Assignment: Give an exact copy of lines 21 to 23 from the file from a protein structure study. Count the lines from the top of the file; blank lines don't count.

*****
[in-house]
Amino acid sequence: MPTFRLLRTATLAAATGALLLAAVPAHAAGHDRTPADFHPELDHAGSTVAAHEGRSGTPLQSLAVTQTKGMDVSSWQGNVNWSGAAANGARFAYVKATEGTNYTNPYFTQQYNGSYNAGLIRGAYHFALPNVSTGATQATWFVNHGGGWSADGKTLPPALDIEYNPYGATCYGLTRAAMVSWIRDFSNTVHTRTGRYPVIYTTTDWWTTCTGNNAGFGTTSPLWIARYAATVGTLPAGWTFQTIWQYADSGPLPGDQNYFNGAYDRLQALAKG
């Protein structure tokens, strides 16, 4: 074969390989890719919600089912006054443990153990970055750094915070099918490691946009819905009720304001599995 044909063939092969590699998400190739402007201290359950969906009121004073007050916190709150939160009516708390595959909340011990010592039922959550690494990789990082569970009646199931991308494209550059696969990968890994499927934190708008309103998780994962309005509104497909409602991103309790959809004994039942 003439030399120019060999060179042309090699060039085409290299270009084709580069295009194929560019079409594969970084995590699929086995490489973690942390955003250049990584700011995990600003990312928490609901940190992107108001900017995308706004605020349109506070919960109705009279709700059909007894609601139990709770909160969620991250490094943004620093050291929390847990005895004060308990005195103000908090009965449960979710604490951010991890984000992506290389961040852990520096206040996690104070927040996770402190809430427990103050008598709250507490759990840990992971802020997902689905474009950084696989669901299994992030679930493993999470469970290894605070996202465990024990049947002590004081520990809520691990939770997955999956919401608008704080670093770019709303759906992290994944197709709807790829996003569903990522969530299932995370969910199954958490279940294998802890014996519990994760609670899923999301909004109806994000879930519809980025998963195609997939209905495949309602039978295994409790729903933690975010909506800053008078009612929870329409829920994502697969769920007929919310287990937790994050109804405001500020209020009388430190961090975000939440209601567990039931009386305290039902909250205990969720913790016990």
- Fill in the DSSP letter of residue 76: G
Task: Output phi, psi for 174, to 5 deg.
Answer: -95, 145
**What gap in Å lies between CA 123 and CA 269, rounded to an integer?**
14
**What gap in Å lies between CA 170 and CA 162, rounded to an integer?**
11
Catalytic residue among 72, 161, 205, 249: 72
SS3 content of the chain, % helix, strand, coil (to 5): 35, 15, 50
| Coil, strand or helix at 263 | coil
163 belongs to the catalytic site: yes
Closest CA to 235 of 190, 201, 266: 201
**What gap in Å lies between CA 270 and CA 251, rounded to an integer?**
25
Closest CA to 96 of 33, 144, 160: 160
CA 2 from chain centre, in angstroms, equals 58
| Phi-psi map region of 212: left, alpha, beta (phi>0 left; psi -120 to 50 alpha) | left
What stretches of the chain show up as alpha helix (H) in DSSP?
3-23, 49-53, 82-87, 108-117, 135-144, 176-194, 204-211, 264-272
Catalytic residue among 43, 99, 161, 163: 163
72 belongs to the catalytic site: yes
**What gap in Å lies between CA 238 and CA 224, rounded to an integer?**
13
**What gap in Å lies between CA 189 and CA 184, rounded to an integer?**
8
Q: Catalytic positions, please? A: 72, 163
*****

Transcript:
What stretches of the chain show up as alpha helix (H) in DSSP?
3-23, 49-53, 82-87, 108-117, 135-144, 176-194, 204-211, 264-272
Catalytic residue among 43, 99, 161, 163: 163